I can’t remember a time I’ve been asked more repeatedly and persistently for an update on anything as I have been about Lazaruff. He’s the dog Teresa and I met while I was volunteering at the opening of a new clinic attached to the St. Landry Parish animal shelter in Louisiana, at an event spearheaded by American Humane.
Lazaruff had been found abandoned in an empty house, emaciated and covered with flies. The people who found him thought he was dead, but when animal control arrived, they saw he was still alive and rushed him to the vet. There, they found this dog who should weigh 55 pounds weighed 19 pounds. After hydration, that came up a bit, which is where he was when we met him.
Teresa and I had sworn we wouldn’t adopt any of the dogs we saw at the clinic, but one look at Lazaruff (then called Relic) threw that promise out the window for both of us. But the story was still far from simple.
First, he was not just too ill to travel, but far too ill for anyone to know he could be saved. But his wagging tail and affectionate nature made everyone who met him determined to try.
We moved him to Bellevue Animal Clinic in Opelousas, Louisiana, and the care of Dr. Kevin Fuselier, where we began the long, slow process of getting some weight on him. We consulted with boarded nutritionists, hand-fed him, and weighed him daily. Slowly — much too slowly — be began to gain weight, although there were constant setbacks.
He had other health issues that couldn’t be addressed until his overall condition improved, including treating his heartworm infection. But life in the kennels at the vet hospital began to cause him a great deal of stress, so we looked for a foster home. He briefly went to one, but it was a case of too much too soon, however, as he overloaded immediately. He also let us know he did not want to be in a house — it was probably a new experience for a dog who had most likely always lived outdoors. So back he came to the clinic.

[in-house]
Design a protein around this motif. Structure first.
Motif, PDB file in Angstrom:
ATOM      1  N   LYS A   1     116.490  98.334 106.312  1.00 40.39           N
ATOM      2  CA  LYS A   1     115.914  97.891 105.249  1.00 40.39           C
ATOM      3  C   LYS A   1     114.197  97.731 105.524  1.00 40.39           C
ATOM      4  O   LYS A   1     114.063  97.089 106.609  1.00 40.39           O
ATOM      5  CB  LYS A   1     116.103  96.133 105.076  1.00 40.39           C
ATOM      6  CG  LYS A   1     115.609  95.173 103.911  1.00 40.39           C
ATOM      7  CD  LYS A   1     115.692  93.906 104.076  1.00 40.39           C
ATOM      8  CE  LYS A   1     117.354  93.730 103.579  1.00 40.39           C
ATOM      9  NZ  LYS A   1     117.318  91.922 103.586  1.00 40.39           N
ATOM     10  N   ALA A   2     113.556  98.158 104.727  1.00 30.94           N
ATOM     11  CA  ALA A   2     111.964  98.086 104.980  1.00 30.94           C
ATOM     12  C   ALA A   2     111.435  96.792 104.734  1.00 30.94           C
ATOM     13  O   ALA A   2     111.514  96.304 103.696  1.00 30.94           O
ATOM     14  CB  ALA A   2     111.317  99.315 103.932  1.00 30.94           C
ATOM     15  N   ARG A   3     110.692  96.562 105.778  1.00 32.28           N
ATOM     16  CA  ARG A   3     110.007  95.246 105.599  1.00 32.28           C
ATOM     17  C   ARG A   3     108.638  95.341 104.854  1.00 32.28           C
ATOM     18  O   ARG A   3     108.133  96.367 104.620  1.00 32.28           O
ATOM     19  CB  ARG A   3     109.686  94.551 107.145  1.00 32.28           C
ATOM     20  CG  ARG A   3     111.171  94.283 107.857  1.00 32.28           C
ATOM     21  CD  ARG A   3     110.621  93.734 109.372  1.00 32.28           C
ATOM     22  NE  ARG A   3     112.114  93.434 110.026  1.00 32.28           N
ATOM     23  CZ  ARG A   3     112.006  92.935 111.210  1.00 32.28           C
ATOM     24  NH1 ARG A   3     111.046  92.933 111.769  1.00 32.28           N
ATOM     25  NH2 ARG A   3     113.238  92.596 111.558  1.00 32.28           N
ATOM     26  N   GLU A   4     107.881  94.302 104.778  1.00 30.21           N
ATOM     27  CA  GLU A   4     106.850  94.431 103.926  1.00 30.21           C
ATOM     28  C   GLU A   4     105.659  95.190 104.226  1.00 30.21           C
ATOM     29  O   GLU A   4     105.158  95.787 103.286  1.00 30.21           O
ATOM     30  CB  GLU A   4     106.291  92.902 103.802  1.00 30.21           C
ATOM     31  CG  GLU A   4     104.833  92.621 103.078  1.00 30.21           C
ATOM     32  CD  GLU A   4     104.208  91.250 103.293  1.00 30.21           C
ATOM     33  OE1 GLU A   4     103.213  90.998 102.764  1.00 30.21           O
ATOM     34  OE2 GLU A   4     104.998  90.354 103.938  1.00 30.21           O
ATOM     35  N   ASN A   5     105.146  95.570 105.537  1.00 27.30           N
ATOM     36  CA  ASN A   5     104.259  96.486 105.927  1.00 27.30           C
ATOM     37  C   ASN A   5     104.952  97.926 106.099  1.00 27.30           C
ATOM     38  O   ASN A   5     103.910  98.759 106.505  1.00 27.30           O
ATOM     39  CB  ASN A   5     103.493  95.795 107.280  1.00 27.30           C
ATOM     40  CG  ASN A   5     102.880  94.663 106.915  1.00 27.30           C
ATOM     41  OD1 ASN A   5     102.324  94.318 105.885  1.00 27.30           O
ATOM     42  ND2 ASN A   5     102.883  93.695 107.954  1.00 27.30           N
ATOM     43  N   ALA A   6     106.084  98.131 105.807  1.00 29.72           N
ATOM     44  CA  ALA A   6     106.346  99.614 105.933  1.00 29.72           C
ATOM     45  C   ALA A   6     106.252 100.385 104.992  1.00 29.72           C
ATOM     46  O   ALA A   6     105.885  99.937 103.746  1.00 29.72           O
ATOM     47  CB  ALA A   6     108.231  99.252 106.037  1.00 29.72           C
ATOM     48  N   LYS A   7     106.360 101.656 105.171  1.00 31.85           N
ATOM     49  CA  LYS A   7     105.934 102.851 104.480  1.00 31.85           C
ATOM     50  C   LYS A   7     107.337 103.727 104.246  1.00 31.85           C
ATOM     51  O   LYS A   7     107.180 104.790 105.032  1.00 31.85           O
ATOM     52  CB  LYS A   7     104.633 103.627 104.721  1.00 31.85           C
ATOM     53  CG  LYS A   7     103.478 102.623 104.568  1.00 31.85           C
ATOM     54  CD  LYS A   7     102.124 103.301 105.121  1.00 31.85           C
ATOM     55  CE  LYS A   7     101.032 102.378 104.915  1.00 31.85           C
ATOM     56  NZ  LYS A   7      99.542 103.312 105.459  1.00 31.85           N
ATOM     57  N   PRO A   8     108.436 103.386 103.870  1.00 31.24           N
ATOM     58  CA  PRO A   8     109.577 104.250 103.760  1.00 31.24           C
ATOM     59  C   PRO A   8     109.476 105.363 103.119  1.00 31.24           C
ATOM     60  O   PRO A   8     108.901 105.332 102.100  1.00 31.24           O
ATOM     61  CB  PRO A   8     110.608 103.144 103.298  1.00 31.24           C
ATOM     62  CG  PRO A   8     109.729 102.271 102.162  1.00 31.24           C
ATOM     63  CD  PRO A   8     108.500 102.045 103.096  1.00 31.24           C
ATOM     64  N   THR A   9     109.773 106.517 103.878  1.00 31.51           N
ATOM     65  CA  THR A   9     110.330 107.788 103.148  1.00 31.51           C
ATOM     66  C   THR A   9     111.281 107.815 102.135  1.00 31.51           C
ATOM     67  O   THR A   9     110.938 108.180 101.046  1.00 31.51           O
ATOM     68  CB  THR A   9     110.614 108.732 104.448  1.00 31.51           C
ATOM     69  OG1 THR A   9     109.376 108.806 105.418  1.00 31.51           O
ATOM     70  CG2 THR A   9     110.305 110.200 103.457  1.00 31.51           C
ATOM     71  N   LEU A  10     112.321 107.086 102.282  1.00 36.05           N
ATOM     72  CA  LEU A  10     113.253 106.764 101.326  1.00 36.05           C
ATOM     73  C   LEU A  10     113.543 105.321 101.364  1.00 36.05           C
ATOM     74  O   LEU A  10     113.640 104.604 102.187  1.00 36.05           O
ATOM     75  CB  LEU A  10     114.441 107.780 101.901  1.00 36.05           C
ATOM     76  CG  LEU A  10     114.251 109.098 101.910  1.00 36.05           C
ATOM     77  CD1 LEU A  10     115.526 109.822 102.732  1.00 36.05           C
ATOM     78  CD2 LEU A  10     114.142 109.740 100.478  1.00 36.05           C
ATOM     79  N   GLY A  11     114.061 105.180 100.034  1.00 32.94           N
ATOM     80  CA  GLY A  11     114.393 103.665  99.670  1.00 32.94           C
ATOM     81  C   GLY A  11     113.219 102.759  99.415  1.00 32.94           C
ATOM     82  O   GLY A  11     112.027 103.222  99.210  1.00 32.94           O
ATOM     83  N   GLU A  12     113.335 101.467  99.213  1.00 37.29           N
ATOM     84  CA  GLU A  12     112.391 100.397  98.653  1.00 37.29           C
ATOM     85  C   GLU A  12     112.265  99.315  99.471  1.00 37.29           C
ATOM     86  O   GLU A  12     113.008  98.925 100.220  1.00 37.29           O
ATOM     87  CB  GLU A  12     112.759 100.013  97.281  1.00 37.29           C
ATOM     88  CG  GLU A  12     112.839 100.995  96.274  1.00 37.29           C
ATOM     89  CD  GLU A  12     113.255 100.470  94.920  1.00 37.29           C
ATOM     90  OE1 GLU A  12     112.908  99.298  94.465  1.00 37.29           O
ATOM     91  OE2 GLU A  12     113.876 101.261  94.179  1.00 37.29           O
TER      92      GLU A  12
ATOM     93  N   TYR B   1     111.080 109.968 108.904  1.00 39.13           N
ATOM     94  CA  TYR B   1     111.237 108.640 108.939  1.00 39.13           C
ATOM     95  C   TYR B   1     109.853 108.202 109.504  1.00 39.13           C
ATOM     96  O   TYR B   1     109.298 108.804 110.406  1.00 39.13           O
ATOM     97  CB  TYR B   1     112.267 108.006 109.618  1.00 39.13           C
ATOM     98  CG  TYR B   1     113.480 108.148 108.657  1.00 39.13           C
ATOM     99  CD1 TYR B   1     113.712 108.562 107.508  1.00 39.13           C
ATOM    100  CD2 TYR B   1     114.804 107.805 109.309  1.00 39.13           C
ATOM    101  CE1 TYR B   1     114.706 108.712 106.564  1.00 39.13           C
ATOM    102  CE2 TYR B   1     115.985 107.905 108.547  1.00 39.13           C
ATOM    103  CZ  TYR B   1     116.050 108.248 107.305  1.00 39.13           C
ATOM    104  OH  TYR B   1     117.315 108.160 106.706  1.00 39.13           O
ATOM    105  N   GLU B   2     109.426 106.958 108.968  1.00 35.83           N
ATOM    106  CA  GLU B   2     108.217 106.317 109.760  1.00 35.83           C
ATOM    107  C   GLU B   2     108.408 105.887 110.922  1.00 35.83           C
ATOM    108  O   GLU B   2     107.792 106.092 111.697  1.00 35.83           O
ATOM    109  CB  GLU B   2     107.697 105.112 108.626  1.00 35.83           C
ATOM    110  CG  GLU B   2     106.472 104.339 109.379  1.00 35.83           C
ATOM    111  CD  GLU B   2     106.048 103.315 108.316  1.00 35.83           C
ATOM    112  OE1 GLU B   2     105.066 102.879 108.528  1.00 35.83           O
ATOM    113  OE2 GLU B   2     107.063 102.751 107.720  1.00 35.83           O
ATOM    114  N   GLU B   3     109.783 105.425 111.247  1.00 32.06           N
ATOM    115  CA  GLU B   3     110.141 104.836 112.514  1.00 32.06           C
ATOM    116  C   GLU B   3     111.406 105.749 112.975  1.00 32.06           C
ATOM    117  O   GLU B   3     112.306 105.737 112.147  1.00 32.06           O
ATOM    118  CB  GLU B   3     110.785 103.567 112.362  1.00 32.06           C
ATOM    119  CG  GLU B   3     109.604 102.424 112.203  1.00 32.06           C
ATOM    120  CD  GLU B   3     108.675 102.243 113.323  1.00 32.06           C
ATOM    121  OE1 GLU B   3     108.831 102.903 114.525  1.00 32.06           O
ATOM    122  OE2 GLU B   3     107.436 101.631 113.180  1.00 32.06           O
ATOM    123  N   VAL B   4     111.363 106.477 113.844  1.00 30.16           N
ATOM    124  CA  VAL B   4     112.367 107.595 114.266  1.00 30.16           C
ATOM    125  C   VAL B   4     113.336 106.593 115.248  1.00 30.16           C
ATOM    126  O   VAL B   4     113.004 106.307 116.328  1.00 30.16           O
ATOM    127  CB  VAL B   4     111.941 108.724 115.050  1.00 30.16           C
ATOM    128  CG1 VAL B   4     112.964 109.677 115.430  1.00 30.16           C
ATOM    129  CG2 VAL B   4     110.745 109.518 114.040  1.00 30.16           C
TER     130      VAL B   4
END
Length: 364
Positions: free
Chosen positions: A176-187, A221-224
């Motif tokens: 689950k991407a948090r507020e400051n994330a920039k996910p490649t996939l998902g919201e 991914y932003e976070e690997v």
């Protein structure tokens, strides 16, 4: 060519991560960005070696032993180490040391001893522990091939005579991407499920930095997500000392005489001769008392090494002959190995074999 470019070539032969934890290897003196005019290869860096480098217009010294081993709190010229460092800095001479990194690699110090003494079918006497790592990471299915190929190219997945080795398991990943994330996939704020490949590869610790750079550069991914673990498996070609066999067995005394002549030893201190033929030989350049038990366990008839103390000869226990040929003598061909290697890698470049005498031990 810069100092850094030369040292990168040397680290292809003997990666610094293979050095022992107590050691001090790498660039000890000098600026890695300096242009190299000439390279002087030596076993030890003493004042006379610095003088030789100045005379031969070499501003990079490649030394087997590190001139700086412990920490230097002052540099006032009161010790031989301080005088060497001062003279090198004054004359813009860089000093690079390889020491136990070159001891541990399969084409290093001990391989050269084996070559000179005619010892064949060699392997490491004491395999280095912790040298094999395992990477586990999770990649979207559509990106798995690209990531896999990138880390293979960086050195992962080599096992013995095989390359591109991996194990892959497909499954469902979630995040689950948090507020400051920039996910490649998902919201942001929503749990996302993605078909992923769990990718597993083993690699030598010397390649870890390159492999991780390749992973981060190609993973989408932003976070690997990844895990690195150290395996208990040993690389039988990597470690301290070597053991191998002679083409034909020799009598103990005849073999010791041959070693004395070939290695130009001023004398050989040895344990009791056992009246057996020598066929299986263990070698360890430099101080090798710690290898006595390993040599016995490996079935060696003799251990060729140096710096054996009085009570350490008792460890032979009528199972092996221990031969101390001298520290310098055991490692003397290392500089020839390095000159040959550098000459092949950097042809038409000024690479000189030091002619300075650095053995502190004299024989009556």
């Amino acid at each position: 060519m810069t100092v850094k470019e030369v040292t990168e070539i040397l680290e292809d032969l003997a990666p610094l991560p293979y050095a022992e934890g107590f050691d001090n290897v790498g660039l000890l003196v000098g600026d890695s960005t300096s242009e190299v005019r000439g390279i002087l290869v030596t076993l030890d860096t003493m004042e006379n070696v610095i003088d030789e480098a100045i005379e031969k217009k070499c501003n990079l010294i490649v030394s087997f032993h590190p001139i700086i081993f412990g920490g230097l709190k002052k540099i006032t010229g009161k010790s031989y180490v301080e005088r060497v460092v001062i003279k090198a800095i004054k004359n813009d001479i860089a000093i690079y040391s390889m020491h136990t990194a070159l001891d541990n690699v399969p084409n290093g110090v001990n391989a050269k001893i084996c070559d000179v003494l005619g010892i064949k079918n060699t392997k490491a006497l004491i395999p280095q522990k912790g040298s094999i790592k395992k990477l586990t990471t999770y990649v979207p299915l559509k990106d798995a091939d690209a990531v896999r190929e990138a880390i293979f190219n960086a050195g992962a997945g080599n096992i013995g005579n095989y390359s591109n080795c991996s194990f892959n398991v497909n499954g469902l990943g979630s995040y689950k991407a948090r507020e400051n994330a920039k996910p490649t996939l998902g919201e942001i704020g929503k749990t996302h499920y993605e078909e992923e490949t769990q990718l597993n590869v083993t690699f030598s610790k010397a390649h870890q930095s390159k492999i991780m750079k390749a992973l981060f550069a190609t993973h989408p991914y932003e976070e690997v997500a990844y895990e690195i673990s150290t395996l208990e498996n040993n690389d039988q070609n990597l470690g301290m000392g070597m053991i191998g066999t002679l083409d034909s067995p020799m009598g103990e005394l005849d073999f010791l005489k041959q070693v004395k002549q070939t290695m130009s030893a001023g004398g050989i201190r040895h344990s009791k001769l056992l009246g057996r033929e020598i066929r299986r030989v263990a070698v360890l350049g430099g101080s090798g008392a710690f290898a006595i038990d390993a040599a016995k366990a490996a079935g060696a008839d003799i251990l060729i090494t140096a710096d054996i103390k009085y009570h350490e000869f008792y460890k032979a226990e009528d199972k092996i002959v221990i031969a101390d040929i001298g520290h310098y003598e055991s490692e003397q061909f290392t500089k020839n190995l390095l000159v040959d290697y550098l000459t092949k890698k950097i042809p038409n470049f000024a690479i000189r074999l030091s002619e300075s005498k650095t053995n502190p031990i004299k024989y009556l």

To help with his stress, we consulted with boarded veterinary behaviorists associated with Fear Free, and implemented enrichment into his daily routine and kept feeding him. We just got the incredible news that he’s now at 53 pounds, just two pounds short of a weight healthy enough to commence heartworm treatment!
We’ve also resumed the look for a foster home, this time one without other pets. We’re still looking, but one thing we know: the home needs to be very close to Opelousas (in the Lafayette, Louisiana, area), so Dr. Fuselier can continue his care.
This experience has also opened up the question of whether or not Lazaruff can live with other dogs. It’s a question we can’t answer yet. If he can’t, we’ll be looking for the best, most loving home where he can be an only dog, and he’ll always be a member of our extended family. If he can, we’ll get him out to us here in Idaho the minute Dr. Fuselier gives him the green light to travel! Even if he can’t adjust to living indoors, our sweet Quill’N also insists on being an outdoor dog (although she has started tentatively coming indoors from time to time), and he could live with her if they got along.
This has been a long, frightening, and humbling road, but please know that the Becker Family is continuing to pray for Lazaruff and pay for his veterinary care. We will never abandon him like his first family did!
And if you have a possible only-dog home to offer him, either near Lafayette, Louisiana, as a foster home, or anywhere else as a forever home after he’s well enough to travel, please contact us at firstname.lastname@example.org. And please, hold him in your prayers and thoughts! He is much, much better but not yet out of the woods.